Monday, October 29, 2012

George Shot First: Lucas Answers the Critics

By: Chris Perry 

With Star Wars: Episode I – The Phantom Menace 3D now in theaters, a collective uproar has once again been stirred up on the interwebs. In a recent interview with The Hollywood Reporter, George Lucas addressed a few of the grievances aired by disgruntled Star Wars fans. Personally, I think too much is made of minor issues, such as the age-old complaint, “Han shot first!” but it seems to be one of those silly qualms that won’t go away. With regard to that Lucas explains, “what I did was try to clean up the confusion but obviously it upset people because they wanted Solo [who seemed to be the one who shot first in the original] to be a cold-blooded killer, but he actually isn’t. It had been done in all close-ups and it was confusing about who did what to whom. I put a little wider shot in there that made it clear that Greedo is the one who shot first, but everyone wanted to think that Han shot first, because they wanted to think that he actually just gunned him down.” 

When the Blu-ray versions of all six films were released late last year, another non-issue became internet fodder as fans decried the replacement of the Yoda puppet in The Phantom Menace with the CGI version. When asked about this George replied, “We tried to do Yoda in CGI in Episode I, but we just couldn’t get it done in time. We couldn’t get the technology to work, so we had to use the puppet, but the puppet really wasn’t as good as the CGI. So when we did the reissue, we had to put the CGI back in, which was what it was meant to be.” It escapes me how anyone could have a problem with this change, especially after watching the lightsaber duel between Yoda and Count Dooku in Attack of the Clones. The first thing I said to a friend after that experience was, “I hope George fixes Yoda in Episode I. That puppet looked like an under ripened fig.”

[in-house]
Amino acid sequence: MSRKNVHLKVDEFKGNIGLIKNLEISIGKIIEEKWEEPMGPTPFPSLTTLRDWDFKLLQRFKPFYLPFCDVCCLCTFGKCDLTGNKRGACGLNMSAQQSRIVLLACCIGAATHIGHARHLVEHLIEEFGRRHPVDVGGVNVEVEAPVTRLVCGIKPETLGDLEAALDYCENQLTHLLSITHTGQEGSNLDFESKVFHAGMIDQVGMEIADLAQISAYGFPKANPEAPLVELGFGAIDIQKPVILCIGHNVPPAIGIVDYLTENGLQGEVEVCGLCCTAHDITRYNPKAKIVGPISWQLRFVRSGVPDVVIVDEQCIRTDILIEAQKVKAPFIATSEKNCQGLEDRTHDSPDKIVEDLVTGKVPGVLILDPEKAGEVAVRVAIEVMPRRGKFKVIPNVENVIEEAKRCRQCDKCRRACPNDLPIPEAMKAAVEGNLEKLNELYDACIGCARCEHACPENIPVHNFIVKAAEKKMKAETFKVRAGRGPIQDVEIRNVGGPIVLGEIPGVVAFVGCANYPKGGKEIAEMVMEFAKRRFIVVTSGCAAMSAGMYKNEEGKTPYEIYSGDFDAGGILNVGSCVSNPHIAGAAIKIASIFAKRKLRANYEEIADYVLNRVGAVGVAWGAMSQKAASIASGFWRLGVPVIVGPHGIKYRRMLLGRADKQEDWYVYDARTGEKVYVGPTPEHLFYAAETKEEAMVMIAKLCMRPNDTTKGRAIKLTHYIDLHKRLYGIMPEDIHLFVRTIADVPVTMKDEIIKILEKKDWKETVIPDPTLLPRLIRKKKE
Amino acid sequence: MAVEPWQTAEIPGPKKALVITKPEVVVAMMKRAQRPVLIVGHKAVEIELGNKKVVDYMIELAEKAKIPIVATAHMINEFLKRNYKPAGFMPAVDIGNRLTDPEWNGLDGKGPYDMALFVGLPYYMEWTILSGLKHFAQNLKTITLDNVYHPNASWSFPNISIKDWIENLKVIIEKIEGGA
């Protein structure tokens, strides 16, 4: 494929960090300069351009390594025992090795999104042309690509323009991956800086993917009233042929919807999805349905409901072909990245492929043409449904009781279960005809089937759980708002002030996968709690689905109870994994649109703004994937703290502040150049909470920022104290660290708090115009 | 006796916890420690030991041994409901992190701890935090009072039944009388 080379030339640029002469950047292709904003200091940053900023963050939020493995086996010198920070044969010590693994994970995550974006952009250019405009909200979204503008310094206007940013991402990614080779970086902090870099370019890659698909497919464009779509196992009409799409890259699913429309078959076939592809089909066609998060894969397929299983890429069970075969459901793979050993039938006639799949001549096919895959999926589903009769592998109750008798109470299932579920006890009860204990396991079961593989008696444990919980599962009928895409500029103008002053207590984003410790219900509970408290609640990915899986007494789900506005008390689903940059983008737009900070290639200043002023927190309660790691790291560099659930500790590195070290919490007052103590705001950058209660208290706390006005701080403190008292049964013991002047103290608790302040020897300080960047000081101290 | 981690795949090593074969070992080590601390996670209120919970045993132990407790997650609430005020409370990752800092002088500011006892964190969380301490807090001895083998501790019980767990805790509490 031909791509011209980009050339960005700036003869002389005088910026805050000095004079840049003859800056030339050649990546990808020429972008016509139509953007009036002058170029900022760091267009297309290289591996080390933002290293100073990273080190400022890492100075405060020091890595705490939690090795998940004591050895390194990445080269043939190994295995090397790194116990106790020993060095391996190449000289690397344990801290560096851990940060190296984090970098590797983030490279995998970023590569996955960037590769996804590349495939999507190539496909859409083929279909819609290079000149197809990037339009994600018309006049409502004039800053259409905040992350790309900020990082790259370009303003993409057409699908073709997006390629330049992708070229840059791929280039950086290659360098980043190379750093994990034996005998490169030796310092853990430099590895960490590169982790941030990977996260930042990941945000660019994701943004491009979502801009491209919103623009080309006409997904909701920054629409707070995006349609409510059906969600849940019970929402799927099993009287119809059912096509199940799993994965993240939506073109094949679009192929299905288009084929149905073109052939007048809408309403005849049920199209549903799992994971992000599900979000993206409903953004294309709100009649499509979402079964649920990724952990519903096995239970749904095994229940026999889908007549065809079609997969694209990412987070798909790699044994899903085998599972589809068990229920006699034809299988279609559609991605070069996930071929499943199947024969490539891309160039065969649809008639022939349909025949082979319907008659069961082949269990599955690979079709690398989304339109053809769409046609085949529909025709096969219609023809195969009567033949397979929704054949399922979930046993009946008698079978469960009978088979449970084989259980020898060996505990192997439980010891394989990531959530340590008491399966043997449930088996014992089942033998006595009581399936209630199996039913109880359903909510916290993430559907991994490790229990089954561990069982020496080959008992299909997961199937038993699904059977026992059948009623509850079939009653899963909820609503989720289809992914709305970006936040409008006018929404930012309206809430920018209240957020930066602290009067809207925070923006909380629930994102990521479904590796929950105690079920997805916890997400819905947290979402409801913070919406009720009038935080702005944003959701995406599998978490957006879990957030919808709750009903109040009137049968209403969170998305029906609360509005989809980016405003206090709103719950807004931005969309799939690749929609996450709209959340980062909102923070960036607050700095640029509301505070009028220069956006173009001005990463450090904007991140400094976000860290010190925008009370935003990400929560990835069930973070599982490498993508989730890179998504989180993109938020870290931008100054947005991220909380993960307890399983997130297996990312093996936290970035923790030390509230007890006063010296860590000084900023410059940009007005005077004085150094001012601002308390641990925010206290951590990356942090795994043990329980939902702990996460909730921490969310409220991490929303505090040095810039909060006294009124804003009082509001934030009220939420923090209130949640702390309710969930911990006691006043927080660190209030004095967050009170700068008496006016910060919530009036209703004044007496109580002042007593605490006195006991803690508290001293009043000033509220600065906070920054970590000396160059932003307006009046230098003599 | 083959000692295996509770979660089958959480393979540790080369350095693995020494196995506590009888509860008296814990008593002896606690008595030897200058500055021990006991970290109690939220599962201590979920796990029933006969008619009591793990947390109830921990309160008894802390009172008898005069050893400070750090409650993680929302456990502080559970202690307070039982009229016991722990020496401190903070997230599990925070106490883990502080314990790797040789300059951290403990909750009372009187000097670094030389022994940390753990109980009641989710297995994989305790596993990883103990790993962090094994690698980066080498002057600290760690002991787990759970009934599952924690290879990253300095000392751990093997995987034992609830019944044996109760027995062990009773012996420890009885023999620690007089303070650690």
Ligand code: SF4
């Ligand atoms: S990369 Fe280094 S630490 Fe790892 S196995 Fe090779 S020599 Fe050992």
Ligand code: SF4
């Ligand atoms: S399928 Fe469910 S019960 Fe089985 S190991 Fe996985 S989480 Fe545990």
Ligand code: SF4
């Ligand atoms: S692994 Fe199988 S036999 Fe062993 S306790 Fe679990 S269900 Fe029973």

I have said it before and I will say it again now – no matter what George Lucas does he cannot win. There are people in the world who will never be satisfied, even when the changes made to these films make them better. Lucas’ explanations for why he retroactively alters his work usually make perfect sense (I do have an issue with Hayden Christensen at the end of Jedi but will just leave it at that.) and, let’s face it; these movies are his babies, which wouldn’t exist without him, and he can do with them what he pleases. Don’t like what he does? Then don’t watch them. And how about using some of the energy it takes to bemoan good, ol’ George and directing it at the film studios that churn out one awful movie after another? Sounds like a plan to me. 

In the end, I am ecstatic that Star Wars still has legs and can’t wait for the first three episodes (IV, V and VI) to be released in 3D. There is nothing like seeing these films on the big screen, which none of us get the opportunity to do very often. Will they cure all of our ills? Of course not, but they are a means of escape from everyday life and that is a valuable commodity. In the words of George Lucas, “Well, it’s not a religious event. I hate to tell people that. It’s a movie, just a movie.” I would argue that Star Wars is more than that but you get the point…


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